VANCOUVER, B.C. -- American short-track skater Apolo Anton Ohno has plied his trade over three Olympic Games with a consistency that belies the chaos built into his sport. He has dashed past trouble. Slithered into good fortune. Ducked controversy. Piled up medals.
Saturday, he showed off a brand-new move: He leaped into history.
Ohno claimed his seventh Olympic medal -- a bronze -- surpassing speed skating legend Bonnie Blair for the most medals by a U.S. Winter Olympian. And he earned it, climbing from last to third place in a typically wild short track final. With less than a lap remaining in the 1,000-meter race, Ohno lingered in fifth place, but he accelerated past two Canadian brothers on the second-to-last turn and hung on behind Koreans Lee Jung-su and Lee Ho-suk.
Ohno, 27, has two more chances to collect medals at these Olympics. He competes in the 500 and men's 5,000 relay.
Blair won five gold medals and one bronze at the three Olympics between 1988 and 1994. Last weekend, Ohno surpassed Eric Heiden as the most decorated U.S. male Winter Olympian. Heiden won all five of his gold medals at the 1980 Winter Games.
As the skaters took the ice for the final, the crowd stood, roared and chanted "Go Canada!" Though Ohno received plenty of cheers when his name was announced, the most boisterous were reserved for Canadian brothers Charles and Francois Hamelin, who managed fourth and fifth.
Blair and Heiden, long-track speedskaters, collected more golds than Ohno, but they competed in a sport exempt from the crashes, bumps and high-speed passes that are commonplace in the short track version of the sport.
Ohno earned a silver in the 1,500 here, adding to the gold and two bronzes he won in Turin in 2006 and the gold and silver he won in Salt Lake City in 2002.
Ohno appeared to be in big trouble in his semifinal, swinging wide in third place with one lap remaining. But he recovered with a tight inside turn, zipping past Charles Hamelin and Korean Sung Si-bak, for the lead. He edged both for first, and Hamelin grabbed the other position in the final.
American J.R. Celski, who won a bronze medal behind Ohno in the 1,500, couldn't get another Saturday after stumbling late in his semifinal.
Celski was in second place when he tripped slightly, interrupting his rhythm and slowing him so much that Francois Hamelin actually tried to hold him up from behind so he wouldn't fall. Hamelin, however, did get pushed aside, careering into the boards, and Celski was disqualified.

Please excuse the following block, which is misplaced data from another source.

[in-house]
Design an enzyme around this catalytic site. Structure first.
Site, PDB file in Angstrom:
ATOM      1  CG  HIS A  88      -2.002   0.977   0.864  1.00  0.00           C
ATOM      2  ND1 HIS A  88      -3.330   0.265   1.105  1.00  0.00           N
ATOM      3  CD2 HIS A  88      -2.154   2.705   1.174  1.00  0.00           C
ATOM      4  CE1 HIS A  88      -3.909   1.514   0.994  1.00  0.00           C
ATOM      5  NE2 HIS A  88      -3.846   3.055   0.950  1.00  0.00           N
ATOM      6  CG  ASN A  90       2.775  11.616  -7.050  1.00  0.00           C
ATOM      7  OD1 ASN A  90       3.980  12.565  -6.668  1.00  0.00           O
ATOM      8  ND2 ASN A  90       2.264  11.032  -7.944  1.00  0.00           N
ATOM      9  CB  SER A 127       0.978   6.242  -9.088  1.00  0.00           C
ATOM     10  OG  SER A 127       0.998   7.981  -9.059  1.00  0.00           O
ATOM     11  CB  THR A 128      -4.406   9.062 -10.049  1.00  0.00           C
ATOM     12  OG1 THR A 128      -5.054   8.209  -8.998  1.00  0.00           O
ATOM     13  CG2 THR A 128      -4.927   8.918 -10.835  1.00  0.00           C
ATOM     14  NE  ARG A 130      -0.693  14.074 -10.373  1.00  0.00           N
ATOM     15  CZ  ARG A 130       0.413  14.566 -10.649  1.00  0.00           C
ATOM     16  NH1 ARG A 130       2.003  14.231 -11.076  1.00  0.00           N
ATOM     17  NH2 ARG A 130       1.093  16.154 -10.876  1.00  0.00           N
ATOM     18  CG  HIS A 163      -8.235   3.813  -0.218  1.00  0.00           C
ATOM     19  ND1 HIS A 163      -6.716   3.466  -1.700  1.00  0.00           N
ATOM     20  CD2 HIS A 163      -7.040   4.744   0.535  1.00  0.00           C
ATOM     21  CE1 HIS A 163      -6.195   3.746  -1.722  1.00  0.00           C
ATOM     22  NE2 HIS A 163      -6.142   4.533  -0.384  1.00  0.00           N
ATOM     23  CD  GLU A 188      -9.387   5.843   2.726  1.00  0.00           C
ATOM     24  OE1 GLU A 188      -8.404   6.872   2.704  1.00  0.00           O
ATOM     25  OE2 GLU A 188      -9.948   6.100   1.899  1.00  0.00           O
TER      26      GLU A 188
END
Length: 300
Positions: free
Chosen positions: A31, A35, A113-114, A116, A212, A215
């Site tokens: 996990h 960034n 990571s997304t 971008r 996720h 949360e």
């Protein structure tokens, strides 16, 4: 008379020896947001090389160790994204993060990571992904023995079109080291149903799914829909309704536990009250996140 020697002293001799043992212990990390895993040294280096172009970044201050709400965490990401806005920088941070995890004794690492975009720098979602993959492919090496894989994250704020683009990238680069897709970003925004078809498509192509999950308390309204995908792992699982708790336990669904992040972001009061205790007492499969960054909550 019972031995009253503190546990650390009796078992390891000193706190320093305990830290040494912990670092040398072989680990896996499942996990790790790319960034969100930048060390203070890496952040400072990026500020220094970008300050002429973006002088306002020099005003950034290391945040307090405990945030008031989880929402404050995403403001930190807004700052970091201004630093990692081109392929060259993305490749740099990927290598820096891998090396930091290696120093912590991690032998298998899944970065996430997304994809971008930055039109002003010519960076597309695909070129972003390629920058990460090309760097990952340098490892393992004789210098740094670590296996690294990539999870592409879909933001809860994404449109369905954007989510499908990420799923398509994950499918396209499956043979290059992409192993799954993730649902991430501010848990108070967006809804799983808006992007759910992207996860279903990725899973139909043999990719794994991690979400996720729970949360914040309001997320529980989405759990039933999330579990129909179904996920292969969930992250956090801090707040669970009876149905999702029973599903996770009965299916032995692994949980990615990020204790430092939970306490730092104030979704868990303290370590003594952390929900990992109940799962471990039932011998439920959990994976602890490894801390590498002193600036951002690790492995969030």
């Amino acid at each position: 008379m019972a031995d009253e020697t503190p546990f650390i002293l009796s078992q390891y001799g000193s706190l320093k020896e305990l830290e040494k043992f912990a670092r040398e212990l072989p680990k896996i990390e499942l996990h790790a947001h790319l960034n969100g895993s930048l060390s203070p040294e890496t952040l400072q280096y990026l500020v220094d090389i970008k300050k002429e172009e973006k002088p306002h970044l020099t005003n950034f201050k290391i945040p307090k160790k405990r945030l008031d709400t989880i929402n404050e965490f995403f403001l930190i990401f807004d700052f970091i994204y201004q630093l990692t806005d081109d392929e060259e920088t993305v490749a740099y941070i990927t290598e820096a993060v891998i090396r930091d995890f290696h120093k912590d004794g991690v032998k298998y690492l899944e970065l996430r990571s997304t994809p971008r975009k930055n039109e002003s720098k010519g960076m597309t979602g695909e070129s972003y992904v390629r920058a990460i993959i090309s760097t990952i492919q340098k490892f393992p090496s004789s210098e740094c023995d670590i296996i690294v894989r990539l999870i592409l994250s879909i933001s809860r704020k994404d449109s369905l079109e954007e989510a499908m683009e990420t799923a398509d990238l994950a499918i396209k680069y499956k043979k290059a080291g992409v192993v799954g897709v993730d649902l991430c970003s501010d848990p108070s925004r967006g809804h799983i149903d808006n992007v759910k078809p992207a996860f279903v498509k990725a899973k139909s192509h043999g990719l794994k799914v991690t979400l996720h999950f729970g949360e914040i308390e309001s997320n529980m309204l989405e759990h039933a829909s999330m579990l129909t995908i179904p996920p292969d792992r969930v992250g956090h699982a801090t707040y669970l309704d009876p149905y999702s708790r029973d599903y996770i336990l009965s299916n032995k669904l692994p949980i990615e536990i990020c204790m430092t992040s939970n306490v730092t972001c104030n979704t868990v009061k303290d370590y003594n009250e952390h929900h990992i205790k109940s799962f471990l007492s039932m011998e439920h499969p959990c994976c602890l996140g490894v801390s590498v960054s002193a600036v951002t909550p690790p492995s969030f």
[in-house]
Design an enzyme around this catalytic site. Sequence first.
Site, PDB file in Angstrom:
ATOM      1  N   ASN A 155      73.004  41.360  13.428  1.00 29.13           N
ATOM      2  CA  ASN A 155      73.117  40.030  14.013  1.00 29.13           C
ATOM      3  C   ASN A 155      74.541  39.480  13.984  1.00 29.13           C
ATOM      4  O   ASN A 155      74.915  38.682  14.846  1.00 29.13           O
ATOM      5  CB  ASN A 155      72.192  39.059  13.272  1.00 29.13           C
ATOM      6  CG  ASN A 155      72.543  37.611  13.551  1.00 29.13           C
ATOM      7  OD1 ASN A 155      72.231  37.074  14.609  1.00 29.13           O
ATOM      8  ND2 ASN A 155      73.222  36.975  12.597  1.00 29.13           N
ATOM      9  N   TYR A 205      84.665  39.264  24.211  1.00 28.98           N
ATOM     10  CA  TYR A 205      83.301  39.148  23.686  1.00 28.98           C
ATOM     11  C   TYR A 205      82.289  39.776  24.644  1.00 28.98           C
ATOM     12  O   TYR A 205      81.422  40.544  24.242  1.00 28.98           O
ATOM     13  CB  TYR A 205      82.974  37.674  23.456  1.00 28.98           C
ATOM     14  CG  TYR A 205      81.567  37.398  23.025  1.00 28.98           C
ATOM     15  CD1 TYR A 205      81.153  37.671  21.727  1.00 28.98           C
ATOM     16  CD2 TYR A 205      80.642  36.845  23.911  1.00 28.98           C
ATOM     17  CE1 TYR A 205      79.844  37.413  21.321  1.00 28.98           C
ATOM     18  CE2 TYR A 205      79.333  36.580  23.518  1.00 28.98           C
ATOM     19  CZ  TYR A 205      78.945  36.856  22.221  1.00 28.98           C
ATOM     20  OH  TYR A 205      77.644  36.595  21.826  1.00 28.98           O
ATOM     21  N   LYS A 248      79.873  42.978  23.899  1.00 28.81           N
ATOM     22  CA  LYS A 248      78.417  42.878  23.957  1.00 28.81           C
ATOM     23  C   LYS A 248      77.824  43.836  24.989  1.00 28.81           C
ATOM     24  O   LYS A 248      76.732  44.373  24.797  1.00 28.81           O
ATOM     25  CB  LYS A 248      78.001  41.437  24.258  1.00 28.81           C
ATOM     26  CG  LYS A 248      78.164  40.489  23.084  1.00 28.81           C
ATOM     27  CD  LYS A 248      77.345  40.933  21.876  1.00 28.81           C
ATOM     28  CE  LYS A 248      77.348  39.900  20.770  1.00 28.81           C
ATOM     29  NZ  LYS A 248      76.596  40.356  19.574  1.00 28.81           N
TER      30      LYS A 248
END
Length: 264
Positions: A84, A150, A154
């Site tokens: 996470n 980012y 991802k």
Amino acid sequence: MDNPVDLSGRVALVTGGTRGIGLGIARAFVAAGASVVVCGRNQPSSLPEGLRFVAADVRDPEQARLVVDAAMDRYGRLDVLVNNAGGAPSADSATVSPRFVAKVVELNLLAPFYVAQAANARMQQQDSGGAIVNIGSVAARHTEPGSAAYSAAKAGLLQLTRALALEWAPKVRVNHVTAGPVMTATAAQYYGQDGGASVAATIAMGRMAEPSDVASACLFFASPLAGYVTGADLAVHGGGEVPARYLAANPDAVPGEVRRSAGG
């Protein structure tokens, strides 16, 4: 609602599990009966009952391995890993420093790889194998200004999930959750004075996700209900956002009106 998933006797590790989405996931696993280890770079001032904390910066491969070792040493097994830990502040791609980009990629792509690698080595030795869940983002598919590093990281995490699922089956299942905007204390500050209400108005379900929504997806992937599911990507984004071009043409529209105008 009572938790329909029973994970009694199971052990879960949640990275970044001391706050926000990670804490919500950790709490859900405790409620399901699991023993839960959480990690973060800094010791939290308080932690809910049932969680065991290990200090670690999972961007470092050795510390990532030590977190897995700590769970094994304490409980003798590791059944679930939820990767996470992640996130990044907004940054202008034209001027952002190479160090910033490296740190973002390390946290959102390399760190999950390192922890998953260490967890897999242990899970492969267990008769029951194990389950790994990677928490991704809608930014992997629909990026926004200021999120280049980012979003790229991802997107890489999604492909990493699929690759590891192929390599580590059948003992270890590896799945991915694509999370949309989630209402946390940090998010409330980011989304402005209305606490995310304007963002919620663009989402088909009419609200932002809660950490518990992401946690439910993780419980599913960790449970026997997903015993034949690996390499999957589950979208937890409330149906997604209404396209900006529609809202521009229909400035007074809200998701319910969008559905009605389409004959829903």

Ohno has won medals about every way imaginable, and rarely smoothly. In Salt Lake City, he claimed his gold despite crossing the finish line in second place; a South Korean skater was disqualified. He got the '02 silver in a race in which three skaters collided and a last-place Australian slipped to first.
Four years later, he dominated the 500 meters, leading the race from start to finish, but in last weekend's race, Ohno claimed the silver only after two South Koreans collided on the last turn, flying out of contention.
In Saturday's quarterfinal round, Ohno handled his race as easily as if he were skating with friends at Manhattan's Rockefeller Center. He hung behind Germany's Tyson Heung and Hamelin before making an outside pass to slip behind Hamelin. There he coasted, sitting on Hamelin's shoulder, to the finish -- easily advancing.
In the women's 1,500 semifinals Saturday, four-time Olympic medal winner Wang Meng of China was disqualified for interfering with American Katherine Reutter, who slid into Meng and Korean Cho Ha-ri, sending all three into the boards.
Wang, who won the 500 gold medal earlier this week, won the bronze at this distance in the 2006 Winter Games. Reutter and Cho were advanced to the night's final.
After a bump early in the final, Reutter got pushed to the back of the pack and despite a furious push, could only manage fourth in the eight-person field. China's Zhou Yang claimed the gold. Reutter, 21, grew up in Blair's hometown of Champaign, Ill., and has called Blair her hero.
She decided to devote her life to speedskating after Blair made a speech at her high school when she was 16. Reutter finished fourth in the 1,500 at the last two world championships, so she wasn't a medal favorite here.